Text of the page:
In 1951 he had formed the first-ever railways preservation movement; to save and restore the Talyllyn Narrow Gauge Railway near Towyn in mid-Wales. Tom put in two seasons of his own time to run the railway in 1951 and 1952, but by the time I joined as a Junior Member in the Spring of 1953 he was only an occasional visitor to Towyn.
In my Dad's office was a young clerk who was a keen TRPS member. Finding that I was a member, he persuaded my Dad to lend him our car for the weekend to take me to Towyn and join in a working party. His true motivation, I'm afraid, was to have the use of the car for a weekend of courting his girl in Aberystwyth! In pursuit of this end, he took me to Towyn all right, but simply dumped me on the working party there and shot off in the car.
Understandably the other working party members were none too pleased at having this kid on their hands; especially since their work was pretty difficult and unromantic: clearing waterlogged drainage ditches alongside the track. Of course, I soon tired of the job, and in the course of messing about, managed to fall into one of the ditches and get soaked.
It was a pretty cold day and by the time it dawned on the others that they ought to do something about my condition, I was well chilled. One of them had to walk down to the nearest phone (about a mile!) to get someone out to fetch me, since the working party were not scheduled for collection by a train until evening.
Eventually a car arrived for me - an old Alvis. The driver was a man of relatively few words; no doubt he was fed up with this blessed kid who had caused the problem. Back at the Wharf station office I was ensconced in front of a blazing stove to dry, and given a cup of tea. As was my wont, I got out of my pocket a book to read: the new Pan edition of Ghost Stories of an Antiquary (1953), which we had been persuaded to spend two weeks' pocket money on, at the Eton Bookshop.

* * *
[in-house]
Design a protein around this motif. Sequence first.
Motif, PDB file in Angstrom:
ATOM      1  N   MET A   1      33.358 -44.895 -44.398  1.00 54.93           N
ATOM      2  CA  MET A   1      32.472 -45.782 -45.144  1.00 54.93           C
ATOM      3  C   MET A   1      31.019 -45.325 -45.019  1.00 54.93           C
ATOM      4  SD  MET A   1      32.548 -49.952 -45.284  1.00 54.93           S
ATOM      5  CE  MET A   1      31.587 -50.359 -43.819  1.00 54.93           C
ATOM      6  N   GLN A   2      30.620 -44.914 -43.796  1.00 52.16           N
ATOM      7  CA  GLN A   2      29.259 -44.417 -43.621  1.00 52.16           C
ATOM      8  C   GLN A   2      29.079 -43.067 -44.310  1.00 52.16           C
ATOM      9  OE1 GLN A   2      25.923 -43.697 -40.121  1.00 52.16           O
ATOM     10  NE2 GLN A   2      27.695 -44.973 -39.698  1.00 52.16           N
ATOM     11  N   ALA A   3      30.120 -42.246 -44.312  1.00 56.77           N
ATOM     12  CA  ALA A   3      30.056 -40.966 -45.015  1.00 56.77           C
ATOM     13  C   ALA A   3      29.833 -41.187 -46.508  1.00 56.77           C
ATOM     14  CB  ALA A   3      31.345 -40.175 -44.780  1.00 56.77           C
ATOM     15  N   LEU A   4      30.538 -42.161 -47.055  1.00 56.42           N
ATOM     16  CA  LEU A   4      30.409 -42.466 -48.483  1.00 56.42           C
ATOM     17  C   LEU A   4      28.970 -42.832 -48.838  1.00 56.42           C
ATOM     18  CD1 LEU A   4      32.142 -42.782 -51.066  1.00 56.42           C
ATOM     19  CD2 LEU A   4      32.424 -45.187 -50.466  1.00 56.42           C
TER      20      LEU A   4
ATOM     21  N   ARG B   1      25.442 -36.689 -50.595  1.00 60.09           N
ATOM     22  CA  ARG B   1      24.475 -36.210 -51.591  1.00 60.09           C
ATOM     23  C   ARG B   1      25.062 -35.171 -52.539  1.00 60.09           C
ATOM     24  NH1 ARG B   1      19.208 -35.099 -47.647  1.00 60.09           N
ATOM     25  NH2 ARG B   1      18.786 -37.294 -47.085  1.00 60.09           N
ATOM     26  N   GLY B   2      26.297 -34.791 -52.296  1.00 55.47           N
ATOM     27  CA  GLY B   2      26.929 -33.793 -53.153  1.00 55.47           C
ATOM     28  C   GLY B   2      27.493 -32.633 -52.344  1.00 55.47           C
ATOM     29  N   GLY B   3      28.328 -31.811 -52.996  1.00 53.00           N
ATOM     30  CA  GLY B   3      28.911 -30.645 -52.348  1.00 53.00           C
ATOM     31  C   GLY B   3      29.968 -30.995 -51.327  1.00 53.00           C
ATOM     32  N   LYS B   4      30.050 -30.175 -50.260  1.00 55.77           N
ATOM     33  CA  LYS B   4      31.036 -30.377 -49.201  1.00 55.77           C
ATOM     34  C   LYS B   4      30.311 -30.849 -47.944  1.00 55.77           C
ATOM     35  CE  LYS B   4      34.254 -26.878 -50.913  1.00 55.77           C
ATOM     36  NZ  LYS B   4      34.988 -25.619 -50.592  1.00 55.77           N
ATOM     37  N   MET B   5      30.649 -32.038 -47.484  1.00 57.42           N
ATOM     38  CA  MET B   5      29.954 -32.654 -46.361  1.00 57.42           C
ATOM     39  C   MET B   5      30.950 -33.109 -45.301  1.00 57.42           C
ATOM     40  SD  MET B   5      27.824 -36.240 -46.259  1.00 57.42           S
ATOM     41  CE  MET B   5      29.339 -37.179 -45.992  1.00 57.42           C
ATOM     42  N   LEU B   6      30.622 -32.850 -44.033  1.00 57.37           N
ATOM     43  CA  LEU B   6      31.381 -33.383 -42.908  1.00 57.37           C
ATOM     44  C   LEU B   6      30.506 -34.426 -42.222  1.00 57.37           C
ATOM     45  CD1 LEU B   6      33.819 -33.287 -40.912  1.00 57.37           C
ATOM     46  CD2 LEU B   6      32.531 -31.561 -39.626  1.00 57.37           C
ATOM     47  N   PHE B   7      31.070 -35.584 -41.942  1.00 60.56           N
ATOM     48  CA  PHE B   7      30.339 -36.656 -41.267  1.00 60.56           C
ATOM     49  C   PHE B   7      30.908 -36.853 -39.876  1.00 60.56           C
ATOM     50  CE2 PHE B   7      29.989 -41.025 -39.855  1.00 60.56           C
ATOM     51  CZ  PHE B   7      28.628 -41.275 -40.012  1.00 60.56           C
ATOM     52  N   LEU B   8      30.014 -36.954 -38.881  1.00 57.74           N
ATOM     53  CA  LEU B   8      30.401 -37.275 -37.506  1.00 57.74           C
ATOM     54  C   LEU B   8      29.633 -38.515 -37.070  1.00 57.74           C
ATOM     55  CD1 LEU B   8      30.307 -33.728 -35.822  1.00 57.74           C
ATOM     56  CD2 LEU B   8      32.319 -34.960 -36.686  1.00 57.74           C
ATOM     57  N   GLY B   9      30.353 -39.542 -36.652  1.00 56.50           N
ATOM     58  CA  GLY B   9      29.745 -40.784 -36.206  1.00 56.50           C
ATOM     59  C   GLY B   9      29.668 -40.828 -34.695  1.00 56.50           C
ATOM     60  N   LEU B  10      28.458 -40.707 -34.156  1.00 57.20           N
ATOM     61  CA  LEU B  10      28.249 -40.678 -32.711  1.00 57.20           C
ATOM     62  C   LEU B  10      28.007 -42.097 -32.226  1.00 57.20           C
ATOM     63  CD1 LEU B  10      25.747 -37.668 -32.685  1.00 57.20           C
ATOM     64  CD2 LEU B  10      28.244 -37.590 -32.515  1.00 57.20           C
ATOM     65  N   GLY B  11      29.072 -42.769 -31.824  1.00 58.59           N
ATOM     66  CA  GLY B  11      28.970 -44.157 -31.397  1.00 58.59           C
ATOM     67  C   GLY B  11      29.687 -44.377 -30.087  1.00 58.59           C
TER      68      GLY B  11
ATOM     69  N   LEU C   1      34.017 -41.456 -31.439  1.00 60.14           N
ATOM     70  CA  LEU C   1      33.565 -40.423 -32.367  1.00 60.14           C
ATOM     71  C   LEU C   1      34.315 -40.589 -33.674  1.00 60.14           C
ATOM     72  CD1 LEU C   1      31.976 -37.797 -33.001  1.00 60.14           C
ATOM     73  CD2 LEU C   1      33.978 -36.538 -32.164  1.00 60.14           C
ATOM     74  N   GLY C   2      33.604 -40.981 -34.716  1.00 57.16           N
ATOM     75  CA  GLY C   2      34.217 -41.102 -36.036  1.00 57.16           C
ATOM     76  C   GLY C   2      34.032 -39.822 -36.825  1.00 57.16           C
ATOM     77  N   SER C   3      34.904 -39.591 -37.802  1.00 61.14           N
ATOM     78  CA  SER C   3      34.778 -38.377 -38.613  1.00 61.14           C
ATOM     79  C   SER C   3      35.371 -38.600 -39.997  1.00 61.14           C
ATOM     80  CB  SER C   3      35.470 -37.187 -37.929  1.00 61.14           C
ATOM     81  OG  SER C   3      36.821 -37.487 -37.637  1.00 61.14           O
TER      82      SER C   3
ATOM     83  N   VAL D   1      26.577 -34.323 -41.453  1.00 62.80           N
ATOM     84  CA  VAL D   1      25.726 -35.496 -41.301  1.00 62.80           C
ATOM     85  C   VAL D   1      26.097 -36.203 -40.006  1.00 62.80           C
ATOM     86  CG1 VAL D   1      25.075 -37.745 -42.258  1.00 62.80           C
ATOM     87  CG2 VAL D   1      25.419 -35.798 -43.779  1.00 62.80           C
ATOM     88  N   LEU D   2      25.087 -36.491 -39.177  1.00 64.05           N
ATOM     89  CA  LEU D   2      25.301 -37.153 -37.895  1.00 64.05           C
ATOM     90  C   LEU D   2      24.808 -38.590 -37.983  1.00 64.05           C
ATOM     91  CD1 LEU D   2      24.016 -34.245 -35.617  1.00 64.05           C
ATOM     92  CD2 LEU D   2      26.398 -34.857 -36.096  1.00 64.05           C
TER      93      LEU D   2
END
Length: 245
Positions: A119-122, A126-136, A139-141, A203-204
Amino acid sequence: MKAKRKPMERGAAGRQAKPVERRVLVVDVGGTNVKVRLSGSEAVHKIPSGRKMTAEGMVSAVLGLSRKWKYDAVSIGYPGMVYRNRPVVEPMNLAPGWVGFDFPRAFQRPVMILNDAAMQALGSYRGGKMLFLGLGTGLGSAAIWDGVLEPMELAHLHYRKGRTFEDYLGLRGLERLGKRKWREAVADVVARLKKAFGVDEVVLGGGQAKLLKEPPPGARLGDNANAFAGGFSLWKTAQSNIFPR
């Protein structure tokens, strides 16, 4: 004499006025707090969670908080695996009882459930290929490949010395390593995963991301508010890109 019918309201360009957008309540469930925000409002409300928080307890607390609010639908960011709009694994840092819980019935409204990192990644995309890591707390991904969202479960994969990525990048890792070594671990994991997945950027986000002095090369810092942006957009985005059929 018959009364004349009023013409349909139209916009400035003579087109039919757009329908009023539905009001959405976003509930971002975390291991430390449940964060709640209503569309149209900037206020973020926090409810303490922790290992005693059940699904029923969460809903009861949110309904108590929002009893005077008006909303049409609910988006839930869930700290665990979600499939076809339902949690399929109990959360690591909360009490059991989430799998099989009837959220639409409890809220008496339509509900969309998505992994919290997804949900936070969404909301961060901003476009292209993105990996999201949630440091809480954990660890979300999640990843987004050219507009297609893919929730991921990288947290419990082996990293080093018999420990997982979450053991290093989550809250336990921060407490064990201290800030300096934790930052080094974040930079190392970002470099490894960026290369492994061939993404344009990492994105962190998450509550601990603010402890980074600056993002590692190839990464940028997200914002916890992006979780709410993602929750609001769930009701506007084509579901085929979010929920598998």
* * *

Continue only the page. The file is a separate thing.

The man who had given me the lift back to Towyn came through the office, and happened to notice what I was reading. To my surprise, he became considerably more chatty. Did I like ghost stories? Did I like these particular ghost stories? (I hadn't actually got much further than "The Ash-Tree" at the time!).
I must - inevitably - have shown some enthusiasm for MRJ's work, for he went on to tell me about one or two other books I could get from my public library. In the front of my paperback, I noted down The Collected Ghost Stories of MRJ (a copy turned up in the secondhand bookshop in Uxbridge about a month later!) and also Malden's Nine Ghosts and Munby's The Alabaster Hand. The Malden was available as a remaindered edition at that same bookshop (the 1947 reprint), but it took quite some chasing to get the Munby from the library... and it was several years before I found a copy for myself.
I asked the man working in the station office who the gentleman with the Alvis was, and he said (I thought) "Colonel Rolt", though I was not aware of his holding this rank. In retrospect it may have been a railway joke - identifying Rolt with the redoubtable Colonel Stephens, doyen of the impecunious minor railway.
When Tom published his classic Railway Adventure later that same year (I got a copy at Christmas) I was able to learn a bit more about him. I have often wondered that he did not mention his own stories (Sleep No More was still in print in 1953), but possibly he would have considered that immodest.
Copyright (c) 1989 David Rowlands
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